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Photo by John Amis for Human Rights Campaign / AP
Photo by John Amis for Human Rights Campaign / AP

2023 brings onslaught of 75 anti-Queer laws across the US
In 2023, 75 anti-Queer bills have become law across 23 states, including restrictions on gender-affirming care, school sports, school instruction, drag, and more.

The plurality of those laws are restrictions on transition-related care for minors, while 11 of them bar Transgender student-athletes from playing on school sports teams that align with their gender identities.

Ten of the laws limit classroom instruction on Queer issues and/or the use of pronouns in school that don't align with a person's birth sex, and eight restrict which restrooms Trans people can use in schools or other publicly owned buildings.

The remaining laws restrict drag performances in front of minors, define a person's sex in state law as that which was assigned at birth, and create additional barriers for Trans people to change the sex on their birth certificates, among other measures.

Though 2023 was a record year for legislation targeting Queer people, some advocates and experts say that those who support Queer rights are still coming out ahead, since just about 15% of the approximately 500 bills proposed have become law.

So far, judges have issued temporary blocks, either partial or full, against gender-affirming care restrictions passed this year in Florida, Georgia, Montana, and Indiana. Others have upheld restrictions on gender-affirming care passed this year in Kentucky, Tennessee, Oklahoma, Missouri, and Texas.

The plaintiffs in the Tennessee case appealed to the Supreme Court last month. If the court decides to take the case, it would be the first time it has considered a restriction on puberty blockers, hormone therapy, and surgery for minors.

Educational institutions — from public elementary schools to private colleges that receive state funding — have become ground zero for the conservative-led effort to limit Queer rights and access to related information. State bills signed into law this year have affected classroom instruction, extracurricular participation, and access to sex-segregated school facilities, among other things.

Eleven states now have laws affecting what teachers can say about Queer issues and how they can show up at work, with all but one of these measures having been passed this year.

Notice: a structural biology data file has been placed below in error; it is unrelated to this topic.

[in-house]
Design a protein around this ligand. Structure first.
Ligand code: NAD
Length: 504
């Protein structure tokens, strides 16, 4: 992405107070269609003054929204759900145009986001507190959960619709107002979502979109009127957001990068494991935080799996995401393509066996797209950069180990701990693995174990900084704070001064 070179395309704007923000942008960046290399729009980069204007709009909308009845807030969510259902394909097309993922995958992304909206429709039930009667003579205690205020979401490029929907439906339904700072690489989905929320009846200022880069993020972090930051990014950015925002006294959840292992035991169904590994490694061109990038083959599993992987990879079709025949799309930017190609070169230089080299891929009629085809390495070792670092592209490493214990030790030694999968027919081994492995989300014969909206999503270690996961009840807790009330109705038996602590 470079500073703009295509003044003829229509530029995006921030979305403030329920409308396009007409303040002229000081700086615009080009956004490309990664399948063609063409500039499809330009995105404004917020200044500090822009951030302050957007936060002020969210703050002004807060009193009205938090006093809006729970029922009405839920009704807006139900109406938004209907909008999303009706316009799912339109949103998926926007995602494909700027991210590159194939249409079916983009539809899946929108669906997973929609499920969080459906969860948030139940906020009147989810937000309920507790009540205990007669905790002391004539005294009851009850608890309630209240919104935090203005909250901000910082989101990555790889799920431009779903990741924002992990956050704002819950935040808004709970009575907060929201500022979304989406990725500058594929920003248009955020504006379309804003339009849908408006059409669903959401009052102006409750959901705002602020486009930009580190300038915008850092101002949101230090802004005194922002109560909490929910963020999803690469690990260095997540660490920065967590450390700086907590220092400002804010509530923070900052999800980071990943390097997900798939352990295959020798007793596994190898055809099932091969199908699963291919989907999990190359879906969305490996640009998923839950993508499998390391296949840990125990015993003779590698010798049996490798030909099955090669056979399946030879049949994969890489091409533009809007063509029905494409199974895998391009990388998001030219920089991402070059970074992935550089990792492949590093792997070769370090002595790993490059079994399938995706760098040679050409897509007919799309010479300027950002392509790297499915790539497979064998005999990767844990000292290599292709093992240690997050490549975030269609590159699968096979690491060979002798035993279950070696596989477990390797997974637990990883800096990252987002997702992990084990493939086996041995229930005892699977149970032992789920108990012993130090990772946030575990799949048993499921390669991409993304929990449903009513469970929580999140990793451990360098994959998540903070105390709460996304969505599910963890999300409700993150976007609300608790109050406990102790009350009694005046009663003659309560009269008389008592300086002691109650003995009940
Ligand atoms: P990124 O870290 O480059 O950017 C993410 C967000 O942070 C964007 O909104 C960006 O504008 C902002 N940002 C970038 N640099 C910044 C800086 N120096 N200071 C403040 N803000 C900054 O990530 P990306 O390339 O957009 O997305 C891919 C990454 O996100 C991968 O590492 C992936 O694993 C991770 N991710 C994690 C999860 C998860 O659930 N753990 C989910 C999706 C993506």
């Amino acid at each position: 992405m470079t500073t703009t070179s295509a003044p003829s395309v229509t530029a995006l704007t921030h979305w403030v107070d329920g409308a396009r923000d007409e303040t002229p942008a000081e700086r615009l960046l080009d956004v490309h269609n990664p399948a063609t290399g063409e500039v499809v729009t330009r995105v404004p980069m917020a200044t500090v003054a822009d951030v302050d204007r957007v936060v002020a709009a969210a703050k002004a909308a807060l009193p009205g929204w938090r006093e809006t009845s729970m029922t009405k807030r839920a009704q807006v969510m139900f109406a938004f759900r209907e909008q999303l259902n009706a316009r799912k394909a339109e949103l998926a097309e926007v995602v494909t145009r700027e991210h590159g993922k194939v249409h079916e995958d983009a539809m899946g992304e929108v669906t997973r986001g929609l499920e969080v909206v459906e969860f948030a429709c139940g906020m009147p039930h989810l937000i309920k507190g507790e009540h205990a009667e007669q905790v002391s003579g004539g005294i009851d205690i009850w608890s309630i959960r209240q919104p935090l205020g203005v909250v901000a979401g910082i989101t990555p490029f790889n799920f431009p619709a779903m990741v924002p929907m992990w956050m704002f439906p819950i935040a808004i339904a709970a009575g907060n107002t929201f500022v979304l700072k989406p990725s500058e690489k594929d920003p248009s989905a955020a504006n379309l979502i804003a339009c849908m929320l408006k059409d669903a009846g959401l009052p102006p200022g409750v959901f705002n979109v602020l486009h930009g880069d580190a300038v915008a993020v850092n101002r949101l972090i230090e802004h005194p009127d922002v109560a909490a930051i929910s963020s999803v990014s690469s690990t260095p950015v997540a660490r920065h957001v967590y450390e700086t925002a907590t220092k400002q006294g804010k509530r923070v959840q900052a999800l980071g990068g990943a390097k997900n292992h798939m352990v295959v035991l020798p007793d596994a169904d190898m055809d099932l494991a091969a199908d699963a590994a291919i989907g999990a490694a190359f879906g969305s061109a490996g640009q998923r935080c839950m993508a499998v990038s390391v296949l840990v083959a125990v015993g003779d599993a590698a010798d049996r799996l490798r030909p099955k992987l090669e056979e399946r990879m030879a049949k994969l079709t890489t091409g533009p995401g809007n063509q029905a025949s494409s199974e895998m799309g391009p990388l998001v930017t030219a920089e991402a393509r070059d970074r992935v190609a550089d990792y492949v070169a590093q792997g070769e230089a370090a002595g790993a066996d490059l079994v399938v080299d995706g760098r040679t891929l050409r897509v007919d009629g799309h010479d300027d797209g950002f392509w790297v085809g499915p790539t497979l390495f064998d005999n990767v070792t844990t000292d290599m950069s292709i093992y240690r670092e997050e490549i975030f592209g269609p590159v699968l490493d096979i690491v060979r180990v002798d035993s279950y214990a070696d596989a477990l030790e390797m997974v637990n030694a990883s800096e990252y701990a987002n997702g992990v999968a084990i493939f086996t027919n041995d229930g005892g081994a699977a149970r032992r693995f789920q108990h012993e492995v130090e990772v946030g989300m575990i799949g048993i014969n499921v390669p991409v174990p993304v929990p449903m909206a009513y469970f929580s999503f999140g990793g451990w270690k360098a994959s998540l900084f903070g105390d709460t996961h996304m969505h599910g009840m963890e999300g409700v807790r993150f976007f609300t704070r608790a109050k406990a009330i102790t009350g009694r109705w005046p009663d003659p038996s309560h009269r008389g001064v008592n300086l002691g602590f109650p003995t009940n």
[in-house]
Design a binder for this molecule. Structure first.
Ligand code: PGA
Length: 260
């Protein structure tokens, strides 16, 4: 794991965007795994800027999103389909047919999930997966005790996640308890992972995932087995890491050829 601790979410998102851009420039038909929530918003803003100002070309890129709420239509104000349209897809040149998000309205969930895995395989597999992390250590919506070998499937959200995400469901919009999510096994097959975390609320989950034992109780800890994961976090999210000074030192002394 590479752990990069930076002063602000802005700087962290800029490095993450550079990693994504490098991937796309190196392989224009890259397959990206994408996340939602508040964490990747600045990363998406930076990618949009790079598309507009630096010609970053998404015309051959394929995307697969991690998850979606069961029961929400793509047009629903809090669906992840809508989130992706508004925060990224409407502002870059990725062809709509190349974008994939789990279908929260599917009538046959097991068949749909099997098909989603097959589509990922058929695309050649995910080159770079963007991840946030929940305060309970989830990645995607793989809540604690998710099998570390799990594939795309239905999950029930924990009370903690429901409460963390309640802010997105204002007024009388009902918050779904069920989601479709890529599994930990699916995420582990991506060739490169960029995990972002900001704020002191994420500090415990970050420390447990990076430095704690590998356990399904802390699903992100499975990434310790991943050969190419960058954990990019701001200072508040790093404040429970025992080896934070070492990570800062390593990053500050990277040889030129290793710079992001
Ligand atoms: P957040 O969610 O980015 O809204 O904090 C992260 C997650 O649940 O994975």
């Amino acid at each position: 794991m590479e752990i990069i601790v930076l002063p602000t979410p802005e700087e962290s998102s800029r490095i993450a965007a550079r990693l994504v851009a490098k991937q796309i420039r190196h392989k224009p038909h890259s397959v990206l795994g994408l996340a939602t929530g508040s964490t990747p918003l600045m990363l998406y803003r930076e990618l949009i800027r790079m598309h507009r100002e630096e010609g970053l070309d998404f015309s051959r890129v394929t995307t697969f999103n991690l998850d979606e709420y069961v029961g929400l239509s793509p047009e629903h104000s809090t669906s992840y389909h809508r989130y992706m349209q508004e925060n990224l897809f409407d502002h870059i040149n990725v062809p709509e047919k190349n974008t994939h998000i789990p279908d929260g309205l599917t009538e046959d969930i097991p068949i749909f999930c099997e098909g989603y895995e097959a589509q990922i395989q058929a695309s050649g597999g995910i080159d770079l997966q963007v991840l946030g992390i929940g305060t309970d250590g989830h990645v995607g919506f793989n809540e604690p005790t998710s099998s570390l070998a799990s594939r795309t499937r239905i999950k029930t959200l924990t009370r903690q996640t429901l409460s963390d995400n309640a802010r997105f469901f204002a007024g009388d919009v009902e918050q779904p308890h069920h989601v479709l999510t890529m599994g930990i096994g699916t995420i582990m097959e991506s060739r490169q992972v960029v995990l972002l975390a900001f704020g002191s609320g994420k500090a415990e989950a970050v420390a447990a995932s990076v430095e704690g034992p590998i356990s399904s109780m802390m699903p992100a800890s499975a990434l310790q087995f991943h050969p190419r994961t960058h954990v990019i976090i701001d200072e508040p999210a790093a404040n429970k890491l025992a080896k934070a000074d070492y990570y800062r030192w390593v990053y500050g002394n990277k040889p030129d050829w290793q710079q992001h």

Currently, 23 states have laws on the books restricting which school sports teams Transgender athletes can join, with about half of those having been passed this year.

Lawmakers in at least 16 states introduced restrictions targeting drag in 2023, according to an NBC News analysis. Just six became law, and so far, they have been the least likely to hold up to judicial scrutiny.

Judges struck down two laws, in Tennessee and Texas, and temporarily blocked restrictions in Florida and Montana that specifically regulate events at public libraries in which drag performers read to children.

Gabriele Magni, an assistant professor of political science at Loyola Marymount University in Los Angeles and director of the school's Queer Politics Research Initiative, said the country likely hasn't seen the end of legislation targeting Queer people, because we're heading into an election year.

Early tracking of next year's bills shows that Magni could be right. Gillian Branstetter, a communications strategist for the ACLU, said that the nonprofit is tracking 212 bills targeting Queer people that have either been prefiled for the 2024 session or carried over from the 2023 session.

"This became a sort of vicious cycle in which no one wanted to be left behind," Magni said. "They don't want to be seen as less conservative or less active on these, and so in some cases in some states, we see the introduction of bills just more to not fall behind in these conservative ranking credentials rather than hoping that it will become legislation."

Photo by Phil Roeder / Des Moines Public Schools  

The historic amount of legislation has also led to an equally historic level of protest on either side. Students have coordinated nationwide walkouts, and protesters have packed state legislatures, while human rights groups have documented more than 300 anti-Queer incidents in just the last year, including bomb threats against hospitals that provide transition-related care to minors and armed protesters outside of drag shows.

Phillip Hightower, whose Trans son Max was removed and then reinstated in his school's production of Oklahoma!, said to NBC News that he and his family won their fight for Max because more parents spoke out once they realized they had support, both within their mostly conservative community and across the country.

"Once it started to gain traction nationally, they felt safer," he said.
Quoting 2019's Star Wars: The Rise of Skywalker, Hightower said, "We've got friends out there. They'll come if they know there's hope."